I found this comment under this post today from a commenter called KWWL who says he/she has NPD. I think it speaks for itself.
December 15, 2014 at 11:33 pm (Edit)
This is really a great article. And gives me hope for myself. See, I am a narcissist. For years, I was in denial that it was a disease, I almost thought it was good trait to have, to brag about. I never realized how much damage this illness has done to me as a person or to those I love or have loved. As the article foretells, I hit rock bottom this year and for months sat around blaming everyone else for everything–the end to a great relationship, the loss of a great job, not continuing my education. Typical narcissistic behavior. But for some reason, I came to a conclusion that in order for my life to get better and stay better, I had to look back on life without hurt, without bias or anger or anything else other than calm emotion. When I did, I saw the problem–the common denominator–me. Even still, I wasn’t sure why I did some of the things I did. So I read, researched analyzed, analyzed some more. I did a lot of soul searching. Being a narcissist (and having a few other mental issues) has led me to behave in ways that have been severely destructive in life. To me and to others. Most narcissists are in denial they even have an illness but like many other narcissists who are no longer in denial that they have an illness, I found that I used my illness as a “license to kill”. As I said earlier, it was almost something I was “proud of” except for narcissists, myself included, we don’t have pride; we have validations that boost the low self esteem and ego of our true self. When I realized some of the damage I have caused, I was no longer “proud” of it, I was ashamed of it. I knew then I had to seek the root of it and in my case, the narcissism is a mask for a low self esteem that I developed in childhood–a torturous hell at the hands of a tyrant for a father. These are issues I know I have to work on as well. I can’t just say, “I’m a strong person and I’m over it and it doesn’t affect me anymore” as clearly it does for one and for two, I’m not a strong person–I’m weak. I need a lot of work on myself and it’s something I have to stick to; I can’t allow myself to ever get to a point where I believe “I’m cured” as there is no cure for this. There is only treatment and bettering. It’s a long road ahead but I’m in it for the long haul. I ask no pity from anyone though. As an adult, it’s my responsibility to seek help.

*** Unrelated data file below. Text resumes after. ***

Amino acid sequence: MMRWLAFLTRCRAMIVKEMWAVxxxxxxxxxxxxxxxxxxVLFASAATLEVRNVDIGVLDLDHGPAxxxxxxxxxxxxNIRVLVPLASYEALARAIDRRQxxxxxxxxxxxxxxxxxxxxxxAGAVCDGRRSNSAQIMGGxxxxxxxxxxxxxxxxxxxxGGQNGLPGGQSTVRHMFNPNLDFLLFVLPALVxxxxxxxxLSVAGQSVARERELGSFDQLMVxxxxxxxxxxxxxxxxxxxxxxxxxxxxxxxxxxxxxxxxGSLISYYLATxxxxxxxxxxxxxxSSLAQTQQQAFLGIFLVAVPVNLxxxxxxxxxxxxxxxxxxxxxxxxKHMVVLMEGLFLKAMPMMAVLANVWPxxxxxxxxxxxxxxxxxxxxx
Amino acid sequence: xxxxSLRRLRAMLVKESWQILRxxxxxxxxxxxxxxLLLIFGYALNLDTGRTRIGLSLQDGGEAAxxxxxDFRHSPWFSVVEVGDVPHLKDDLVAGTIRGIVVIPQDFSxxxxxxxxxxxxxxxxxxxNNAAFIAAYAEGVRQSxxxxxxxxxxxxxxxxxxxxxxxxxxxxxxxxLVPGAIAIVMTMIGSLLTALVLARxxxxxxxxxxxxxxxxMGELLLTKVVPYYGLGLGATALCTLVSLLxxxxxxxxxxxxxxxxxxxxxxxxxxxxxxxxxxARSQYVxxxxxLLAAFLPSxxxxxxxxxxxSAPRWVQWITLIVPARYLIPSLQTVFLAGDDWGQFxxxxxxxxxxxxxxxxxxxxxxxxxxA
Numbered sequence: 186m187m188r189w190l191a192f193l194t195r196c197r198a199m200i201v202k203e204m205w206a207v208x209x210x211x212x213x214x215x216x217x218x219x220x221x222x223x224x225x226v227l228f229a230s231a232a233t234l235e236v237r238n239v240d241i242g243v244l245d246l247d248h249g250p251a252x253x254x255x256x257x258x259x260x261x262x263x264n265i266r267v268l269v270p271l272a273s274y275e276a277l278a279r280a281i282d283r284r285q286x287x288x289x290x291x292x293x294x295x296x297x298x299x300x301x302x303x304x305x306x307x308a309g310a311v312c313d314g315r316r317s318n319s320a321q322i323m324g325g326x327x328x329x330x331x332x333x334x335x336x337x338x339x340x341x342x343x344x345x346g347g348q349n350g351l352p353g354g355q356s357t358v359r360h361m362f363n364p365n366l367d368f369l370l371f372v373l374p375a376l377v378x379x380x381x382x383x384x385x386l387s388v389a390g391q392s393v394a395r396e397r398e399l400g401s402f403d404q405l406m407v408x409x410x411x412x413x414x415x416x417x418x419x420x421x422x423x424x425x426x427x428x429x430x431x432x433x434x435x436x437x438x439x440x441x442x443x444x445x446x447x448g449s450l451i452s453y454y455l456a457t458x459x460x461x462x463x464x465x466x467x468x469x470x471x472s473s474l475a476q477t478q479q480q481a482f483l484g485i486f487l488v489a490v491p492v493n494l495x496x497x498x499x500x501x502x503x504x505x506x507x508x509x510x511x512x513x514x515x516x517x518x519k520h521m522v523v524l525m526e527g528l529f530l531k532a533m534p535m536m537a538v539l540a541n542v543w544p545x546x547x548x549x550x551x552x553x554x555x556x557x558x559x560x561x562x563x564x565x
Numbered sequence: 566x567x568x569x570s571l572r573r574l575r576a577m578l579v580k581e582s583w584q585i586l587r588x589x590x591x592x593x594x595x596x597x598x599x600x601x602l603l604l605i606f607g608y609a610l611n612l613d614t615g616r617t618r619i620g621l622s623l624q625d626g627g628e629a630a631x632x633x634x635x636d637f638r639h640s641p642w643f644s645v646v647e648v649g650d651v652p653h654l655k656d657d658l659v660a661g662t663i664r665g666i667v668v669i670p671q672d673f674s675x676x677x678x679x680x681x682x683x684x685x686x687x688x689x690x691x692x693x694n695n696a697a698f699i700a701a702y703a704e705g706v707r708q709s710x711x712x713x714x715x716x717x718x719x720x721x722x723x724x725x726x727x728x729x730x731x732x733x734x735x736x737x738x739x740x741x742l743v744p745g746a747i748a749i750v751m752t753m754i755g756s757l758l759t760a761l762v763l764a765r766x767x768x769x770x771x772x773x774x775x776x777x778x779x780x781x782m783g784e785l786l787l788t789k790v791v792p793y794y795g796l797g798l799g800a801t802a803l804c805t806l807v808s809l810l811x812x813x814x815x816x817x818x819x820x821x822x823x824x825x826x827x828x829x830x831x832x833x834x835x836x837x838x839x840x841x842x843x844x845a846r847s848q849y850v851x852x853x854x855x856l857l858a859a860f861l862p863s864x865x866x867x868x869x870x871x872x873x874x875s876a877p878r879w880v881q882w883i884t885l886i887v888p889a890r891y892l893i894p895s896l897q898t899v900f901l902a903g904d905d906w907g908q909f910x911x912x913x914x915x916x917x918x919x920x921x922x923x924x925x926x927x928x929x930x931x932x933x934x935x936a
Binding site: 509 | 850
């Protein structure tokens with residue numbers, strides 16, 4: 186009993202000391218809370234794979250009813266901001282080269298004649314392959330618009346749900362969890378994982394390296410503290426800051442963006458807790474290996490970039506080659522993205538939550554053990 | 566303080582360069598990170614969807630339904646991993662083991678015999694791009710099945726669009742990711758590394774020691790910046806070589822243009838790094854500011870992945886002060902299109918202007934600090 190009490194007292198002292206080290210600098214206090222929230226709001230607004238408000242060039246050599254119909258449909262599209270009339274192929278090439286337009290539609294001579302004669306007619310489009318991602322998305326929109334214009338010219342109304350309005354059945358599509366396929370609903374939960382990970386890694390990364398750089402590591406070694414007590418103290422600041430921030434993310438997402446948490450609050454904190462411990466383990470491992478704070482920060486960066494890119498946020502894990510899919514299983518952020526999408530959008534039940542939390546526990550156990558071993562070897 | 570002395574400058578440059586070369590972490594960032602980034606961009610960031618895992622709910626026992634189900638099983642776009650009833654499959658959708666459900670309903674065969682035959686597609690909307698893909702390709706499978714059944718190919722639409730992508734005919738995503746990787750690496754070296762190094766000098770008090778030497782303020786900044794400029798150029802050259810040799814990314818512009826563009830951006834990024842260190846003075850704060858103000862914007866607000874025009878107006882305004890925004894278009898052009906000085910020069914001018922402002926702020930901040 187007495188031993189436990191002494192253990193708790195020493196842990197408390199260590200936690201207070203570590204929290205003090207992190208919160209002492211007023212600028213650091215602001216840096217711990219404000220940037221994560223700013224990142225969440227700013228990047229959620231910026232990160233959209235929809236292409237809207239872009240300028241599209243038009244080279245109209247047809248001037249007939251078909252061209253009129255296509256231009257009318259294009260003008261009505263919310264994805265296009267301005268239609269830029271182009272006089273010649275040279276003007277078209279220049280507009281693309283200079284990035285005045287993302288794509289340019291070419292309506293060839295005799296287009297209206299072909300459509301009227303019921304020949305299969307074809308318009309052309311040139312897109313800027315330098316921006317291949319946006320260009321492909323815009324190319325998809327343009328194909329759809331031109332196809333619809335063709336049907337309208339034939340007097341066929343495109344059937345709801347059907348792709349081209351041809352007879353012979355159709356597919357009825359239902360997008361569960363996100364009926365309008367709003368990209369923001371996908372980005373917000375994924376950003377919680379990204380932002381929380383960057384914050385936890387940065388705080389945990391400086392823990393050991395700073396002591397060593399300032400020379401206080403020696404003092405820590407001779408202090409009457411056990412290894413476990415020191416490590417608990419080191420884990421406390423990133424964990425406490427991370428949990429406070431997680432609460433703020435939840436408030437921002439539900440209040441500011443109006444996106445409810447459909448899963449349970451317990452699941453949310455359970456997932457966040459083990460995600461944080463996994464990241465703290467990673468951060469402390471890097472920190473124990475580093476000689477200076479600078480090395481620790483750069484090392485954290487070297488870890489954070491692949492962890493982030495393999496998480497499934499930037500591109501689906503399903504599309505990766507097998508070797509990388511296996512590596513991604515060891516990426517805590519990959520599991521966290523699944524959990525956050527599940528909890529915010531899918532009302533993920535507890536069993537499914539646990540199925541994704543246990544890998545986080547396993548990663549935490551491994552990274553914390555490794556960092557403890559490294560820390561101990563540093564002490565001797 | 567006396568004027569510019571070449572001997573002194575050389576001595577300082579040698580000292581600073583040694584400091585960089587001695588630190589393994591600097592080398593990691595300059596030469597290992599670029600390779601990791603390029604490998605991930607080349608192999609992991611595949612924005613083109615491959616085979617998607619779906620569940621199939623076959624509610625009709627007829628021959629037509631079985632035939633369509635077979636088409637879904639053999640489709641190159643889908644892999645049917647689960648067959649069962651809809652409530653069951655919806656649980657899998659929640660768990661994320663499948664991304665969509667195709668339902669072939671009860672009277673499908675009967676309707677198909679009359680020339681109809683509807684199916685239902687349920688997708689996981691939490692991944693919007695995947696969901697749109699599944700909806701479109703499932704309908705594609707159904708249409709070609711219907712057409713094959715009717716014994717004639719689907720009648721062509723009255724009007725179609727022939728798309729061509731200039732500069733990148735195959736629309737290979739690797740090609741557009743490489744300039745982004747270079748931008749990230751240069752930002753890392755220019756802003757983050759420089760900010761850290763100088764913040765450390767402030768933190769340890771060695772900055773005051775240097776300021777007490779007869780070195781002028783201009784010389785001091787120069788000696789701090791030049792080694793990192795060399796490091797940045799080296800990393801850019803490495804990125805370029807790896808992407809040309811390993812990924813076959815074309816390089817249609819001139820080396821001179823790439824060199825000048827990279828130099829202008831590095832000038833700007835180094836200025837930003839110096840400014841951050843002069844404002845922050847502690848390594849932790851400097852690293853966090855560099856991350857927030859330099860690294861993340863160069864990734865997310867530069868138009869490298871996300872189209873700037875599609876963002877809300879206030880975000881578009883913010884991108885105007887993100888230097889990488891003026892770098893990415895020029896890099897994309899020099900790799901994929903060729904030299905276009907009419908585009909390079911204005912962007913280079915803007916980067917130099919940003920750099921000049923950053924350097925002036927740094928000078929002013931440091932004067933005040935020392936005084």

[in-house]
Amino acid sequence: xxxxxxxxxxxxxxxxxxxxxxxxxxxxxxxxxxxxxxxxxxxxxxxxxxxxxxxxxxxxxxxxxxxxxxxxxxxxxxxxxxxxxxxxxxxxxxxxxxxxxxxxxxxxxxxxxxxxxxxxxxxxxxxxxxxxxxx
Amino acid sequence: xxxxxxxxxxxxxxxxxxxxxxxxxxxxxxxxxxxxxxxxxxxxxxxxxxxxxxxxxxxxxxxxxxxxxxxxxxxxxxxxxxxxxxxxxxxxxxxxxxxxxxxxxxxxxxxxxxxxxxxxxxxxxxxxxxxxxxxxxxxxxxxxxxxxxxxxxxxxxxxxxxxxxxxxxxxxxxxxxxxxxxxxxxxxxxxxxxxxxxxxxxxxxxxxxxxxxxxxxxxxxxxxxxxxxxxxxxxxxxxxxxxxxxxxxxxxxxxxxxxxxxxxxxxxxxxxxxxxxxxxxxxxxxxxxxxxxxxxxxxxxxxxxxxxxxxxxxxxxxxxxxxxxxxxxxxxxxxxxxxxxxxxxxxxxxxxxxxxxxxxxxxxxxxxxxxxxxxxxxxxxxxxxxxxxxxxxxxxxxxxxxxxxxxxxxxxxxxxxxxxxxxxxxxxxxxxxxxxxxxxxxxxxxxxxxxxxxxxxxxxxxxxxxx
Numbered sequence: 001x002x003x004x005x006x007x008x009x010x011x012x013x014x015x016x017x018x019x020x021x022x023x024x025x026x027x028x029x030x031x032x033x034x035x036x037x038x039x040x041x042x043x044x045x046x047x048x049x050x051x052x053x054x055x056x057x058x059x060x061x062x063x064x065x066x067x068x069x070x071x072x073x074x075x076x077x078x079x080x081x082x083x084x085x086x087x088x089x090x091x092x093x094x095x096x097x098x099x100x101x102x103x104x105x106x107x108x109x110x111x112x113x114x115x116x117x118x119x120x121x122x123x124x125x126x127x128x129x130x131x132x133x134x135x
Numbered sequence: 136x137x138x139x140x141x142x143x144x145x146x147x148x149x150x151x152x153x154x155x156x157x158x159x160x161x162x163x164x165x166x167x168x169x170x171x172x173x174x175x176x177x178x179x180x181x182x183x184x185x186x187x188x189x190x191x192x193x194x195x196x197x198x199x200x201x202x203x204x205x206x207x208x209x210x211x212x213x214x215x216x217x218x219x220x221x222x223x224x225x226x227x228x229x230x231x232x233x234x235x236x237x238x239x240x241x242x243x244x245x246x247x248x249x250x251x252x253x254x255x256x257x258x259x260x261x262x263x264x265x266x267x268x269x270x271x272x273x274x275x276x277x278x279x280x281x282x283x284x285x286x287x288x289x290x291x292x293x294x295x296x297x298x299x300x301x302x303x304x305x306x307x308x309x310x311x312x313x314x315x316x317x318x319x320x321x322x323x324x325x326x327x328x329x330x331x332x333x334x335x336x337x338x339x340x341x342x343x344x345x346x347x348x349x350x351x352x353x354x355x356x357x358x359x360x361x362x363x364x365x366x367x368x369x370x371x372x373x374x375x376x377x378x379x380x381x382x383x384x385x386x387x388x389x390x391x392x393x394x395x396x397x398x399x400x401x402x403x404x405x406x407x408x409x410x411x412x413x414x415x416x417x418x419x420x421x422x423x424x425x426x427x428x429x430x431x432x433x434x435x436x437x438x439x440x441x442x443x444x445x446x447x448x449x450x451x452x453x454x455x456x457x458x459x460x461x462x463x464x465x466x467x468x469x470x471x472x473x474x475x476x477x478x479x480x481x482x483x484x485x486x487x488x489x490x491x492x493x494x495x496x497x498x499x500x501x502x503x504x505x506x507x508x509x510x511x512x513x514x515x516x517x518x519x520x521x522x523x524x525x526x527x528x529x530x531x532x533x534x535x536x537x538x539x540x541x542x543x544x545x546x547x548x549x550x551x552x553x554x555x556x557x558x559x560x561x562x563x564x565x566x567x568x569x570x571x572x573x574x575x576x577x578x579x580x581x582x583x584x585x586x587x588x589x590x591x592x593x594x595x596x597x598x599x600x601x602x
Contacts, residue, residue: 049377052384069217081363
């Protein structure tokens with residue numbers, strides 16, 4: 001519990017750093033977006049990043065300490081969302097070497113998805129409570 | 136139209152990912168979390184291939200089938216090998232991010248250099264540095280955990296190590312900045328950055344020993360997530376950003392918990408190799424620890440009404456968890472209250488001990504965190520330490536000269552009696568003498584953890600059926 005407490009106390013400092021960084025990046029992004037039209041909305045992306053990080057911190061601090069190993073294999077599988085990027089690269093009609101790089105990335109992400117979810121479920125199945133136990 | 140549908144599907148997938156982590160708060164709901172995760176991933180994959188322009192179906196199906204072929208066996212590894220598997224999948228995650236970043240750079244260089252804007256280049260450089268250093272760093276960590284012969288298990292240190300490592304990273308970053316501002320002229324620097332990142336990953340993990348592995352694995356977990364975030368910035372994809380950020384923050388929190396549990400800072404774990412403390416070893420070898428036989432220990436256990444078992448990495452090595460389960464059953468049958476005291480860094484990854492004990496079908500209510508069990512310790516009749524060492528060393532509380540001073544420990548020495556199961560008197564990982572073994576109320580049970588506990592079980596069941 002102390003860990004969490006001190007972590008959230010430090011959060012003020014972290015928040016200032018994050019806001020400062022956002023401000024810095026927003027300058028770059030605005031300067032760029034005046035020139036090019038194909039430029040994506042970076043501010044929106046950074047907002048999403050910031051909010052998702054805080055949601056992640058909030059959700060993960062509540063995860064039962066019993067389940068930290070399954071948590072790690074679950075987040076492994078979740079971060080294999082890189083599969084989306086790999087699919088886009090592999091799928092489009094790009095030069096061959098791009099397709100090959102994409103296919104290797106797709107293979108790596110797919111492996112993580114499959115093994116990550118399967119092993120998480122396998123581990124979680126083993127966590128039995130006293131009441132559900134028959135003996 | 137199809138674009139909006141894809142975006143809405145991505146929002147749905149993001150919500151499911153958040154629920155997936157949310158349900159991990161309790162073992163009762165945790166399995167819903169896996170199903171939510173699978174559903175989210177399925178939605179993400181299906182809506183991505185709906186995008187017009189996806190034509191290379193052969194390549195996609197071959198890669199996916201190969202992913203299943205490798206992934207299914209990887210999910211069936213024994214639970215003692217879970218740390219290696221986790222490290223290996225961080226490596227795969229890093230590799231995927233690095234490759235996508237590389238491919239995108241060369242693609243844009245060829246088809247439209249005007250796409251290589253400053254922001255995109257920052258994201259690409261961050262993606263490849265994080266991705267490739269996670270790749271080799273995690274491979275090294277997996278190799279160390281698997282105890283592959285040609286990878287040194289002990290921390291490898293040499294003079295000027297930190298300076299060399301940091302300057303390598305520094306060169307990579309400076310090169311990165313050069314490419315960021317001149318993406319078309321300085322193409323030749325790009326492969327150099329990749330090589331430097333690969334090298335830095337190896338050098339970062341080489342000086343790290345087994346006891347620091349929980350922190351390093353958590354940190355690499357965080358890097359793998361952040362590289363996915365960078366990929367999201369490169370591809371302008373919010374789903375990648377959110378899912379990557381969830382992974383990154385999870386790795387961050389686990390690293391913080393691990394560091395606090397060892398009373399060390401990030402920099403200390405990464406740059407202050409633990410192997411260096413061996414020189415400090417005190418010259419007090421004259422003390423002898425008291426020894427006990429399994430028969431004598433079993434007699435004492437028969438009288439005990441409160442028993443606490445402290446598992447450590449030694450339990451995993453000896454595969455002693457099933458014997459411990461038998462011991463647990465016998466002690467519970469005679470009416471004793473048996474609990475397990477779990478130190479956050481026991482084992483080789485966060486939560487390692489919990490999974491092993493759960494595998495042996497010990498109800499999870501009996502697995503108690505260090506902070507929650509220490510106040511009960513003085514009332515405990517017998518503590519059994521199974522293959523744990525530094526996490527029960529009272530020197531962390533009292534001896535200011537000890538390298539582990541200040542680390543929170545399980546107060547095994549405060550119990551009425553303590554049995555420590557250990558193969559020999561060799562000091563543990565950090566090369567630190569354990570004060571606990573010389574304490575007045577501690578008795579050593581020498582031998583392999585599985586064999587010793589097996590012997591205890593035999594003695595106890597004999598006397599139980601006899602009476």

KWWL–thank you so much for having the courage to speak up here. I don’t know how old you are but you sound quite young but yet your writing is very mature and insightful. much like Sam Vaknin’s (who I am sure you know about). Regardless of your age, it’s incredible to have so much insight if you have NPD. I think insight could be a key to overcoming this disorder. You already have suffered narcissistic crisis and it does sound like you are still in that “vulnerable” depressed, anxious state that follows it. I will say prayers for you (I do not know what your spiritual beliefs are) that God finds a way to get rid of your “demons” and show you your true self.
You also seem to have a lot of shame about having this, which is one step away from having a conscience. You COULD just be bluffing here and this could all be BS (after all, you are a narcissist) , but I have a strong feeling you are being absolutely honest here. Please keep posting–it’s always great to read well written, civil posts from people from”the other side.” 😉
To understand something is to know it, and to know it is to not be stupid about it (I made up that quote lol)
I am also taking the liberty to repost this comment in my next post. Sure, this might feed your narcissistic supply so maybe I shouldn’t do that, but I think it’s interesting enough and well written and stands out because it’s coming from the “enemy” so to speak.